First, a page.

22 May 08 | Chad W. Post

Doubling up on RTW book posts today . . . This is the sixth title we’re covering. Write-ups of the other titles can be found here. And information about the Reading the World program—a special collaboration between publishers and independent booksellers to promote literature in translation throughout the month of June—is available at the official RTW website.

One of the great things about Reading the World is that it’s a blend of new books by authors most Americans haven’t heard about (see earlier post on The Corpse Walker) with classic titles like Don Quixote that are some of the greatest books ever written.

This can be one of the great downsides to trying to write about all the RTW books though . . . What does one say about Don Quixote that hasn’t already been said? Is there really a need to summarize the so-called plot? I will say that the new translation by Edith Grossman is fantastic, and that if you haven’t read Don Quixote this is a perfect opportunity to lose yourself in the wonderful, weird, endlessly entertaining world of knight-errant Don Quixote and his sidekick Sancho Panza. In a way, this may well be the perfect summer-reading, beach book . . .

Or, well, you could always just watch the movie:

Not sure this was ever released here, which may be for the best. As I said when I first wrote about this, the cleavage shot at :30 is pricelessly ridiculous, and the reference to “producers who saw Shrek“ is tongue-in-cheek not funny. But “I Fought the Law” may be the supreme craptastic moment of this trailer.

This is one case where I have no qualms about saying that the book is way, way better than the movie.


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Bye Bye Blondie
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Reviewed by J.C. Sutcliffe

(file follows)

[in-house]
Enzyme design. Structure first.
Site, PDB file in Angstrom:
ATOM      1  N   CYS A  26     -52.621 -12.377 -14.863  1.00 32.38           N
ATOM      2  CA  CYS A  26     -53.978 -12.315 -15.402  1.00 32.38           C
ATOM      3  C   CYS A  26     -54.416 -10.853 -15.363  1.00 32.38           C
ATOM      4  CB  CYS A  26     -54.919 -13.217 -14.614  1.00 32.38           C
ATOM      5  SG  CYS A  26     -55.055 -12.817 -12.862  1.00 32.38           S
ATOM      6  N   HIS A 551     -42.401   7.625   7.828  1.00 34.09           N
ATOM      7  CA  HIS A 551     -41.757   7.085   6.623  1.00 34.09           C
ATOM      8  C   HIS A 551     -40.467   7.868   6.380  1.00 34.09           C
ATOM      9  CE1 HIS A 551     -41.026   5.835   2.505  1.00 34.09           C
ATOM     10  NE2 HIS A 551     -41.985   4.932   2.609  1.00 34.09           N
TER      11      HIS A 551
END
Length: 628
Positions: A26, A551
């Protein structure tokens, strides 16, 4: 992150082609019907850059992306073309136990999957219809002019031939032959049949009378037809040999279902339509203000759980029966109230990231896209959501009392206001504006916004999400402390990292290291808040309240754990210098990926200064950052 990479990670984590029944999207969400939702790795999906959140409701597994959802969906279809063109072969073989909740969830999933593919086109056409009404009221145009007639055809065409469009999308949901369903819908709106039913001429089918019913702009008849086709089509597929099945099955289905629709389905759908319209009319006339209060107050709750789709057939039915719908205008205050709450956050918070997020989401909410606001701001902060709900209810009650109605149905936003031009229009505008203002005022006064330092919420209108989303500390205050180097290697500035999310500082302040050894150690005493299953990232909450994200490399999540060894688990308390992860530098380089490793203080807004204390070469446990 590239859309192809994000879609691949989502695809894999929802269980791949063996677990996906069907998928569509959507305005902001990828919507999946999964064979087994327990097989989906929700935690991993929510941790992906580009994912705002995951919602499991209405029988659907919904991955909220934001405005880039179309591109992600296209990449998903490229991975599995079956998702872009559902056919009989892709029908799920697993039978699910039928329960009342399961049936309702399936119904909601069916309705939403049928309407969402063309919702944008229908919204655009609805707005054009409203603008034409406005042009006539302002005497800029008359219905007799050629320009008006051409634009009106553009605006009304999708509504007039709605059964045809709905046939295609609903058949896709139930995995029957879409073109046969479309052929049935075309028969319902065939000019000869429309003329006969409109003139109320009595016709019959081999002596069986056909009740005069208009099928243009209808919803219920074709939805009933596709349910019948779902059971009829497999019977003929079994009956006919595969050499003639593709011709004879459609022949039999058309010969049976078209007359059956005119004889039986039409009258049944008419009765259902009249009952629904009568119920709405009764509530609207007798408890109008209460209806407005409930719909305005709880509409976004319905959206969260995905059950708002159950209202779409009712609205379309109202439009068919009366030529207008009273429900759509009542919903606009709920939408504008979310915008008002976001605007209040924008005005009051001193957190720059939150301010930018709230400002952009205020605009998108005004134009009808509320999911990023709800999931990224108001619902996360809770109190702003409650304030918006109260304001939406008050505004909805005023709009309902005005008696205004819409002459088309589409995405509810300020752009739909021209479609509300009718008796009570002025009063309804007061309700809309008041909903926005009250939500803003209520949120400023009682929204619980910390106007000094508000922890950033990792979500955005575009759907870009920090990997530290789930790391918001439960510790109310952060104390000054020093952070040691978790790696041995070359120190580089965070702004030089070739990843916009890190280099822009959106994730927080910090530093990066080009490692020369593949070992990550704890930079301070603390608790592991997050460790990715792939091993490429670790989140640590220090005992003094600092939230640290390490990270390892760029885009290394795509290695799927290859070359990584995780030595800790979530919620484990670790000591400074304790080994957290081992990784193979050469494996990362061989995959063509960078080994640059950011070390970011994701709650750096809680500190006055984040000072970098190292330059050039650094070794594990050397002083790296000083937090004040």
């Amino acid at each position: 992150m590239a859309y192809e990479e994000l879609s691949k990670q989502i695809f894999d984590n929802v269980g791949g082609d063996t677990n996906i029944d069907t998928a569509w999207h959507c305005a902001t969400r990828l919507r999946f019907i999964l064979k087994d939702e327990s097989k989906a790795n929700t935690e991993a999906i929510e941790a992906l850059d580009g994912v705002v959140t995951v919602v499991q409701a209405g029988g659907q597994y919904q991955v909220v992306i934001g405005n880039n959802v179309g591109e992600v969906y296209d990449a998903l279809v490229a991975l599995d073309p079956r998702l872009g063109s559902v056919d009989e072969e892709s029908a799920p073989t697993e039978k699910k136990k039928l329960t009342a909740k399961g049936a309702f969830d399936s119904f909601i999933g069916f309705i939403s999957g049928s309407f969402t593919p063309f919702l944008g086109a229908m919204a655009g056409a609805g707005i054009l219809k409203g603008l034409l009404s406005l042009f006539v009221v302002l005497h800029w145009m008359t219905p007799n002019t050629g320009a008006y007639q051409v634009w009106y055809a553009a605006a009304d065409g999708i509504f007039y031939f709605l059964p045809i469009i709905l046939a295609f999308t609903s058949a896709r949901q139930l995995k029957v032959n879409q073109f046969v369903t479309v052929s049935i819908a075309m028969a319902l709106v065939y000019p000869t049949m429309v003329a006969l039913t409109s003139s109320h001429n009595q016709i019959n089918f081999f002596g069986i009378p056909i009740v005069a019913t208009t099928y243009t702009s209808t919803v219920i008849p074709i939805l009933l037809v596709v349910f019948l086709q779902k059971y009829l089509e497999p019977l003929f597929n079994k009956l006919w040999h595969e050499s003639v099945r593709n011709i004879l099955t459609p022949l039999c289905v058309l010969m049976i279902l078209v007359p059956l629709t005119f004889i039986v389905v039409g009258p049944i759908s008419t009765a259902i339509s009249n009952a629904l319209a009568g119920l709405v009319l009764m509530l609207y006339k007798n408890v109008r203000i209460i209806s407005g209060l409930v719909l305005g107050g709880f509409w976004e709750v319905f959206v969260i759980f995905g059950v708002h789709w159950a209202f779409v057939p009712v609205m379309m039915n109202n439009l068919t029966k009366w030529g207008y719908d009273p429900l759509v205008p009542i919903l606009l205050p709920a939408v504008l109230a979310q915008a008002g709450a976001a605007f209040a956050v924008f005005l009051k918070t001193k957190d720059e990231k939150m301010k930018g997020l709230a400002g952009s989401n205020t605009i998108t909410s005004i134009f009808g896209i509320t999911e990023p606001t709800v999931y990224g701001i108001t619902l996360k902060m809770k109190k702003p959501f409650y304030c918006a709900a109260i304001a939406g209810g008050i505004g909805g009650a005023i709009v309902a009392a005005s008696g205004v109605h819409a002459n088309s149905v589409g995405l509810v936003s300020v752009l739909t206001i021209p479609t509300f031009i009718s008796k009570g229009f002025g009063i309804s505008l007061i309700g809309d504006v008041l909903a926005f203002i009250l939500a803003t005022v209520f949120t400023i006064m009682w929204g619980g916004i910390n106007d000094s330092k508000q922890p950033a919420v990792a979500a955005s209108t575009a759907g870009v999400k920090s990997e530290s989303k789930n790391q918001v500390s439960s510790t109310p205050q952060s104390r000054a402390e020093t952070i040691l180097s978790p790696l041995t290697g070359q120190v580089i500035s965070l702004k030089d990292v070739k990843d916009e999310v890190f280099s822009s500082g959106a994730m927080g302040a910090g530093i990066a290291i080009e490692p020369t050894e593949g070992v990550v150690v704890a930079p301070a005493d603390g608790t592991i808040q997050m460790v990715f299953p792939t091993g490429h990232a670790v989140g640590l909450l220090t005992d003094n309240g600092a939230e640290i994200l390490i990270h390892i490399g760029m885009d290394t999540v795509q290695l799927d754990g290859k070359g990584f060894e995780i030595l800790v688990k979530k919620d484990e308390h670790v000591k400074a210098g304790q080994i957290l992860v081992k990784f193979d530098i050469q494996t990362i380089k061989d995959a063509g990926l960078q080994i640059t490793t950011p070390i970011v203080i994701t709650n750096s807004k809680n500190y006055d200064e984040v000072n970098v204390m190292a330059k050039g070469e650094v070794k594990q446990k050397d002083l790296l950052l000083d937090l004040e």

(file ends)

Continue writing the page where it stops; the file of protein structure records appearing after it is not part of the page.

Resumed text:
Last year, Han Kang’s The Vegetarian was an unexpected critical hit. Now, it’s just been published in the U.S. and has already received a great deal of positive critical attention. The Vegetarian was a bold book to attempt as an. . .

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Nowhere to Be Found
Nowhere to Be Found by Bae Suah
Reviewed by Pierce Alquist

It’s been almost a year since the publication of Nowhere to Be Found by Bae Suah, but despite being included on the 2015 PEN Translation award longlist, and some pretty vocal support from key indie presses, the book has. . .

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La paz de los vencidos
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Reviewed by Brendan Riley

Jorge Eduardo Benavides’ novel La paz de los vencidos (The Peace of the Defeated) takes the form of a diary written by a nameless Peruvian thirty-something intellectual slumming it in Santa Cruz de Tenerife in Spain’s Canary Islands. Recently relocated. . .

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Anyone with any interest at all in contemporary Moroccan writing must start with Souffles. A cultural and political journal, Souffles (the French word for “breaths”) was founded in 1966 by Abdellatif Laâbi and Mostafa Nissabouri. Run by a group of. . .

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